Last June (2019), someone suggested that I should read ‘The Lazy Man’s Way to Riches’ – by Joe Karbo – first published in 1994. Although some of it is dated and the internet has replaced a lot of marketing, what did catch my eye was the power of visualization. I had moved into a house that became a ‘project’ from the minute I moved in and over the last couple of years, I had made lots of improvements – new double glazing throughout, new doors, turned the garage into a kitchen and so on. Definitely more work and more cost than I ever thought there would be. I needed to transform the garden, get the outside of the house painted and get some tarmac down on the long drive – but finances were not great at that time and I didn’t know whether I would ever be able to afford to do everything I wanted to do.
So I read the book and decided to try the power of visualization – what was there to lose? I wrote a few paragraphs about how I was sitting in my beautiful garden with a newly painted house with my new car sitting on my tarmac drive ……. And I read this every morning and every night diligently for 90 days – often out loud sometimes to myself – and visualized it each time. And then got to say that I didn’t think about it again until recently when I realized that one year later, my garden is transformed, my house is painted, I’ve got a new car (exactly the model that I had visualized) AND my new drive.
Visualization works because the brain can’t tell the difference between imagination and reality. And when we visualize something, the brain generates an impulse that tells our neurons to ‘perform’ the activity. Our mind is so powerful.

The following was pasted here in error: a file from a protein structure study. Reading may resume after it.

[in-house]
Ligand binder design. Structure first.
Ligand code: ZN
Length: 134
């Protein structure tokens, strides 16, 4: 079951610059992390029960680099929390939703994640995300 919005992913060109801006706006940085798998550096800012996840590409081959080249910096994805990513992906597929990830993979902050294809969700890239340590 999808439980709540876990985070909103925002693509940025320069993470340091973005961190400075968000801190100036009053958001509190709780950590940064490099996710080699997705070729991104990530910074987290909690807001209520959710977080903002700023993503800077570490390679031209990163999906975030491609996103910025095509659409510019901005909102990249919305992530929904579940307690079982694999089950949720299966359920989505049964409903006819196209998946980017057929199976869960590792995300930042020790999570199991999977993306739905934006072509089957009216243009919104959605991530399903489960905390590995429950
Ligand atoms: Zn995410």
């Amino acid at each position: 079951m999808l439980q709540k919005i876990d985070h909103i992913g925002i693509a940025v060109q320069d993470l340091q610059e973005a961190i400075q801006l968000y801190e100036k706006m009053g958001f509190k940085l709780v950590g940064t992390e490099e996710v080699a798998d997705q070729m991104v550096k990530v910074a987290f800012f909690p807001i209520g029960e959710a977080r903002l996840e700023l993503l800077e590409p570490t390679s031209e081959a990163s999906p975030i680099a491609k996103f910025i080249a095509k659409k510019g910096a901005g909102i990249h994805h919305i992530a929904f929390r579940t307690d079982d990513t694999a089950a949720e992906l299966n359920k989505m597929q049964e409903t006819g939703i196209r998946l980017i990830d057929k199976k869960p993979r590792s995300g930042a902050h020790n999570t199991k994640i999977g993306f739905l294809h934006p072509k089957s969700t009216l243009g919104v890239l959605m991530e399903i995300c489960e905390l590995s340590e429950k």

Try the ‘Lemon test’ and this will help you to understand how the brain works in this way ….. close your eyes and imagine reaching out for a lemon to put into your G & T, you cut a slice off and look at how juicy it is. Put it in your mouth and taste it – what happens? It’s sour and your face will show the same expression as if you actually had a piece of lemon in your mouth ……
It’s important that you should imagine the specific situation in as many details as possible using all your senses – so that you can see it, smell it, hear it, feel it and taste it. Make sure that you always write in the present tense and start with “I”. Your brain will think that you already own your visualization – and subconsciously you will start acting as if you do.
Visualization can work every day. As soon as you open your eyes, begin visualizing your day as the best day it could possibly be. Think about your schedule for the day and watch yourself walking through it with optimism and confidence. See yourself finishing the jobs you keep putting off, having a brilliant meeting with that potential new client or doing the best presentation ever. Make sure that you add as much detail as you can in that vision and imagine what it will feel like to achieve that goal.
In fact, visualization has been used for a long time in sports. Muhammad Ali used visualization in his career and his famous quote was “If my mind can conceive it and my heart can believe it – then I can achieve it”. And Oprah Winfrey said “Anything you can imagine, you can create.”
Visualization can also help you to reduce stress as well and is used as an effective stress management tool. Visualizing yourself remaining calm and focused in a difficult conversation or situation helps you condition your neural pathways as a familiar behaviour the same way you recall a memory.
Hypnotherapy can also help with the process as during trance, the two minds come together and focus on the same thing. When we are in that state, we have access to the subconscious mind and you will be at a heightened level of suggestibility and focused awareness. In this state, beneficial suggestions can be placed directly into the subconscious mind.